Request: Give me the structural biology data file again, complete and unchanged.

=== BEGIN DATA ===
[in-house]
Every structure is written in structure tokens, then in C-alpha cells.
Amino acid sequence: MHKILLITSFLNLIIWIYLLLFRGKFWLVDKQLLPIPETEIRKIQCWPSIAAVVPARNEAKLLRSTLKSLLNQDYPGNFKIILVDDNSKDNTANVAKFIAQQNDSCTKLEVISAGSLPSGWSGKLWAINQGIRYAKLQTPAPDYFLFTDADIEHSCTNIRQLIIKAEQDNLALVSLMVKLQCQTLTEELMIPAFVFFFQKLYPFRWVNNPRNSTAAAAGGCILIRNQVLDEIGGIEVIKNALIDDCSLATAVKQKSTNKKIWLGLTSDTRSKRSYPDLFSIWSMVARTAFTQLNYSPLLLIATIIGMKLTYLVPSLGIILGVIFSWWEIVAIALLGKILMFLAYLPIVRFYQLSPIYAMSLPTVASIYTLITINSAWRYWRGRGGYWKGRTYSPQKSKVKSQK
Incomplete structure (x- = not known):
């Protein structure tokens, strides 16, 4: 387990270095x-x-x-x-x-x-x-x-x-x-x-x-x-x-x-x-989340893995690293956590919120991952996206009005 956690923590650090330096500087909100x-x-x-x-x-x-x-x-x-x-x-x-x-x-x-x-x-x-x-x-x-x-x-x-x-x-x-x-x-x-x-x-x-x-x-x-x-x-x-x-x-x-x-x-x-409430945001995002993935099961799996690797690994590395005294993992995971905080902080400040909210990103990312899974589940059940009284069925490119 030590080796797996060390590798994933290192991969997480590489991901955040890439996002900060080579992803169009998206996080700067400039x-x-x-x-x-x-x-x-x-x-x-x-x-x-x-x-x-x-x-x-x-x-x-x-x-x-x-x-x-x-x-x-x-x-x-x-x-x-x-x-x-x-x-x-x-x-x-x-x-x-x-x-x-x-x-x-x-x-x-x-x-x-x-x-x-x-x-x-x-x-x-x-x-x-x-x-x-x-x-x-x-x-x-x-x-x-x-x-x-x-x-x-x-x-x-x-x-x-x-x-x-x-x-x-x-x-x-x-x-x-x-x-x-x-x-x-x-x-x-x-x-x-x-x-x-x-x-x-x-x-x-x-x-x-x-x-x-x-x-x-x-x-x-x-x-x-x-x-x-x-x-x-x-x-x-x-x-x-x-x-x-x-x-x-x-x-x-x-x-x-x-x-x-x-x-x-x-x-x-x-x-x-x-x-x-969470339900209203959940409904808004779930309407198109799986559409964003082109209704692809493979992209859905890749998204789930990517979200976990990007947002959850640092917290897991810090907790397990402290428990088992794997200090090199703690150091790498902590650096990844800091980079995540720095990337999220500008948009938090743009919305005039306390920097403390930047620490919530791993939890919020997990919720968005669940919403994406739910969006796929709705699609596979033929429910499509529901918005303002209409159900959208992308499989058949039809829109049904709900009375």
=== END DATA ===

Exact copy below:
[in-house]
Every structure is written in structure tokens, then in C-alpha cells.
Amino acid sequence: MHKILLITSFLNLIIWIYLLLFRGKFWLVDKQLLPIPETEIRKIQCWPSIAAVVPARNEAKLLRSTLKSLLNQDYPGNFKIILVDDNSKDNTANVAKFIAQQNDSCTKLEVISAGSLPSGWSGKLWAINQGIRYAKLQTPAPDYFLFTDADIEHSCTNIRQLIIKAEQDNLALVSLMVKLQCQTLTEELMIPAFVFFFQKLYPFRWVNNPRNSTAAAAGGCILIRNQVLDEIGGIEVIKNALIDDCSLATAVKQKSTNKKIWLGLTSDTRSKRSYPDLFSIWSMVARTAFTQLNYSPLLLIATIIGMKLTYLVPSLGIILGVIFSWWEIVAIALLGKILMFLAYLPIVRFYQLSPIYAMSLPTVASIYTLITINSAWRYWRGRGGYWKGRTYSPQKSKVKSQK
Incomplete structure (x- = not known):
């Protein structure tokens, strides 16, 4: 387990270095x-x-x-x-x-x-x-x-x-x-x-x-x-x-x-x-989340893995690293956590919120991952996206009005 956690923590650090330096500087909100x-x-x-x-x-x-x-x-x-x-x-x-x-x-x-x-x-x-x-x-x-x-x-x-x-x-x-x-x-x-x-x-x-x-x-x-x-x-x-x-x-x-x-x-x-409430945001995002993935099961799996690797690994590395005294993992995971905080902080400040909210990103990312899974589940059940009284069925490119 030590080796797996060390590798994933290192991969997480590489991901955040890439996002900060080579992803169009998206996080700067400039x-x-x-x-x-x-x-x-x-x-x-x-x-x-x-x-x-x-x-x-x-x-x-x-x-x-x-x-x-x-x-x-x-x-x-x-x-x-x-x-x-x-x-x-x-x-x-x-x-x-x-x-x-x-x-x-x-x-x-x-x-x-x-x-x-x-x-x-x-x-x-x-x-x-x-x-x-x-x-x-x-x-x-x-x-x-x-x-x-x-x-x-x-x-x-x-x-x-x-x-x-x-x-x-x-x-x-x-x-x-x-x-x-x-x-x-x-x-x-x-x-x-x-x-x-x-x-x-x-x-x-x-x-x-x-x-x-x-x-x-x-x-x-x-x-x-x-x-x-x-x-x-x-x-x-x-x-x-x-x-x-x-x-x-x-x-x-x-x-x-x-x-x-x-x-x-x-x-x-x-x-x-x-x-x-969470339900209203959940409904808004779930309407198109799986559409964003082109209704692809493979992209859905890749998204789930990517979200976990990007947002959850640092917290897991810090907790397990402290428990088992794997200090090199703690150091790498902590650096990844800091980079995540720095990337999220500008948009938090743009919305005039306390920097403390930047620490919530791993939890919020997990919720968005669940919403994406739910969006796929709705699609596979033929429910499509529901918005303002209409159900959208992308499989058949039809829109049904709900009375």